FRANNIE: Yeah, that's kind of clear.

MICK JENKINS: I can write with 30 people in the room, just the producer in the room. I write all the time, anyway. When I'm out, I take my phone out and put down random stuff that just popped in mind. I feel like I could kind of write under any kind of situation so, for me, it's really just about finding – if you understand what I mean –

FRANNIE: Totally.

MICK JENKINS: – a lot of the time – a lot of the time, it's the first line. Once I get the first line, then a lot of other stuff will flow. But I'll cycle through first lines like, "Nah. That's not about to set me up for nothing. Nah, that's not going to do it."

FRANNIE: But you have to get them out of your body before know that they're wrong.

MICK JENKINS: Yeah, yeah.

FRANNIE: I think people forget that it's OK that it sucks at first.

MICK JENKINS: Facts. Or just isn't –

FRANNIE: Like just, it isn't perfect – yeah – or whatever.

MICK JENKINS: I'll go with some of them and get six bars and be like, "Yeah, I knew this wasn't the one."

FRANNIE: Right, right.

MICK JENKINS: So usually when I get that, then I can start going. It's taken me two weeks to write a song. I got out "Understood" in an hour and a half, which I think is really good. Cause when I'm ever in a moment of feeling a block, then I just try something else.

FRANNIE: When Ali says that you took on – when he characterizes the job that you've taken on as really hard, does it feel hard to you?


FRANNIE: How so? What would be the easy route?

MICK JENKINS: I don't think there's an easy route. It's just hard, what I'm trying to do.


MICK JENKINS: I feel like – and I'm not calling myself a good person with this first statement. I'm just making the statement, just to be understood. I feel like good people, really good people, get hurt the most. Really knowledgeable people with a moral compass, the Bible says you're just going to make yourself more sorrowful. So in an attempt to be the best person I can be and more knowledgeable about the things that I'm talking about in that regard, it's just going to be hard. 

It breaks down into a lot of different ways, doing what I'm doing, the misunderstandings that come from my family, the misunderstandings that come from my faith, the misunderstandings that come from people close to you, the relationship that develops from you and your fans and how you get to see people be all over the world, and then really start to think about what that means that they think about you and how they view you, even if they don't recognize it as such. It's a lot of different angles that it can be tough, if it's new to you, if you don't understand it, if you understand it and it hurts your feelings too much.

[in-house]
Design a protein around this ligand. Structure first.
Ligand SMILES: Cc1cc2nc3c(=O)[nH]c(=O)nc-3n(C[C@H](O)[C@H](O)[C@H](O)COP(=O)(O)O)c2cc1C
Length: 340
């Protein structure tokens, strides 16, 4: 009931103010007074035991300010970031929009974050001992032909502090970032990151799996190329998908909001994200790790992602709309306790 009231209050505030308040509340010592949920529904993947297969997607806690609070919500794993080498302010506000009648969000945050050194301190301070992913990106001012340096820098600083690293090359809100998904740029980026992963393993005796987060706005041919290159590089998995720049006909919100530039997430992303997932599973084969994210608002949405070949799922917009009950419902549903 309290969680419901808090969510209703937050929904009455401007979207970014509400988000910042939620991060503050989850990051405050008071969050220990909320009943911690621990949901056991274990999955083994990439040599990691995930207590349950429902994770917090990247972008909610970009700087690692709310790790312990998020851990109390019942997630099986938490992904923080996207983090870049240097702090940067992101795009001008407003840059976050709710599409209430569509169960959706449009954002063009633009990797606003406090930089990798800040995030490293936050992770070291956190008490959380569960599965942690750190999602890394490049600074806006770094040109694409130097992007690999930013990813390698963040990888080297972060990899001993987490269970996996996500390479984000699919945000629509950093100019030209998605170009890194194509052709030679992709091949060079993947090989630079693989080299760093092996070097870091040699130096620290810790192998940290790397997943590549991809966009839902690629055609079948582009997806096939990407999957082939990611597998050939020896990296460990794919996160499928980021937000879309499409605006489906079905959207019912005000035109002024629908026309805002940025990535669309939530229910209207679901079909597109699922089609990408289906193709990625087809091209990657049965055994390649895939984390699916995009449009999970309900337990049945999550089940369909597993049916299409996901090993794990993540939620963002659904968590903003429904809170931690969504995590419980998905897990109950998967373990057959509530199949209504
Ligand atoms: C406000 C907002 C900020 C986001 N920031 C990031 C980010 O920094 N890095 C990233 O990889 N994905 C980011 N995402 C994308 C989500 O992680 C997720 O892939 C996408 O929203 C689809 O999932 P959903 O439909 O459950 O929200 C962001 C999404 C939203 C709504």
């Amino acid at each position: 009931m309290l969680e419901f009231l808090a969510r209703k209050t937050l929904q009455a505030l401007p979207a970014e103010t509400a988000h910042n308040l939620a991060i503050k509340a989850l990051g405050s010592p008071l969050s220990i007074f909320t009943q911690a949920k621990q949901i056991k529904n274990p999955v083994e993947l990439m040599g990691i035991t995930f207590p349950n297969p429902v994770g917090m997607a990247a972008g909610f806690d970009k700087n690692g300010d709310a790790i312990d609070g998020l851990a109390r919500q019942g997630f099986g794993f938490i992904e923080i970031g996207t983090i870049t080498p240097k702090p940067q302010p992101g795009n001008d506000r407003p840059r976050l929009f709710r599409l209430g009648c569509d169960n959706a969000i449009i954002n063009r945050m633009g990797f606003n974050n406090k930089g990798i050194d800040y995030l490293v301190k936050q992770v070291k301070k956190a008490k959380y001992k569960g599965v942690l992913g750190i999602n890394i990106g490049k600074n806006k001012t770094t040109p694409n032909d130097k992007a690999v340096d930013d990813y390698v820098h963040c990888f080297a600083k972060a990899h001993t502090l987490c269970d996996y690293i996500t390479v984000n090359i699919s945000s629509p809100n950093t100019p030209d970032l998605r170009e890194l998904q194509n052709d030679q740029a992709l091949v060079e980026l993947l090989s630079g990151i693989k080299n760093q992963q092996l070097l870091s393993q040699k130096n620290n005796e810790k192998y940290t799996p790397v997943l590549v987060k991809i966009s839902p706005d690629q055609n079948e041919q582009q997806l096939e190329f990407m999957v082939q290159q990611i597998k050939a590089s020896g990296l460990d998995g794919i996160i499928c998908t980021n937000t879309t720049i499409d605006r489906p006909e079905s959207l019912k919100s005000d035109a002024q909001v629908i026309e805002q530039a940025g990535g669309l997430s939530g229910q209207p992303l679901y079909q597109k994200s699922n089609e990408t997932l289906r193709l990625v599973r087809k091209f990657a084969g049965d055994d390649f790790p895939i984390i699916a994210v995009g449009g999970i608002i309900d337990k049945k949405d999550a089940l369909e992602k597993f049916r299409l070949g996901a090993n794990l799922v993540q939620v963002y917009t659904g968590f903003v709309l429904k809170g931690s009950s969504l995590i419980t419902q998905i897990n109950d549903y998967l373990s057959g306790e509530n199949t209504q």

I don't really have a huge goal, you know. My biggest focus in life is my salvation. So alright, I got an audience. Alright, I got a message. Alright, I got a talent. As far as it conflicting with my faith, people don't know that I think that deeply about that, but I prayed for a long time about, you know, "If this isn't for me, then take it from me," and doors continued to open. So at some point, it's just like, "When you gon' take the yes?" So I stopped worrying about that. 

But when I feel like, "OK. I got to answer. Now I gotta hold myself to a standard and be that, and try to be better and try to live better and then try to put people on game without pointing the finger, without" – it's hard. Cause stuff be hard. That's how I view it. I don't really – it's not like a "woe is me" thing. It's just kind of like, "Well, what do I want? How am I trying to do it? Oh, OK. That's hard."

ALI: Is that standard for you, as just walking through life and maintaining the understanding of your purpose, or is that a standard for all that comes with what you share with people that ultimately become your supporters, your fans?

MICK JENKINS: I don't think it's all for me. I think I've thought about that recently, especially as it comes to me and my girlfriend having a better relationship with God and trying to center our relationship around God. I be like, "If she wasn't here, some of this I wouldn't be doing. And I'm doing it because her eye is on me, and now I have to hold to a standard that I tell her that I was raised like." You feel me? 

And ultimately, that's not a problem, cause it's what I should be doing anyway, but I think about like, "Is that a good thing? Is that a bad thing? Is that how it should be? Shouldn't I be doing this just for me?" Ultimately I'm OK with there's other things that hold me to a standard, because it's not like I'm dismissing it. I'm looking at it. I'm standing in it, and it's like, "Alright. Well, that's what I have to do." And I feel that as I become more intentional about anything like that, then it'll be easier to be doing it all the way for me. At some point, I'll arrive there. 

So not completely. I think not completely. I think people watching and people being able to see me is definitely a big part of why I try to maintain a certain –

ALI: I don't know how many artists are that in tune with themselves and that aware, that responsible. The responsible word comes out a lot for artists, and people – some people definitely hold the flag up and some people run away from it. And it sounds like that conscious level that you've taken on that responsibility.

I want to go back a moment when you said that it's hard for good people. And what came to my mind was a report that I saw recently of an 11-year-old boy that was selling a CD, his CD, someone who's 11 who's taken the time to record their music, and then on top of that to go and market and sell his music, his art, in a mall. And a police officer grabbed this young man, and it became a confrontation between the young man and his aunt who was asking the police officer why is he handling the child in that way?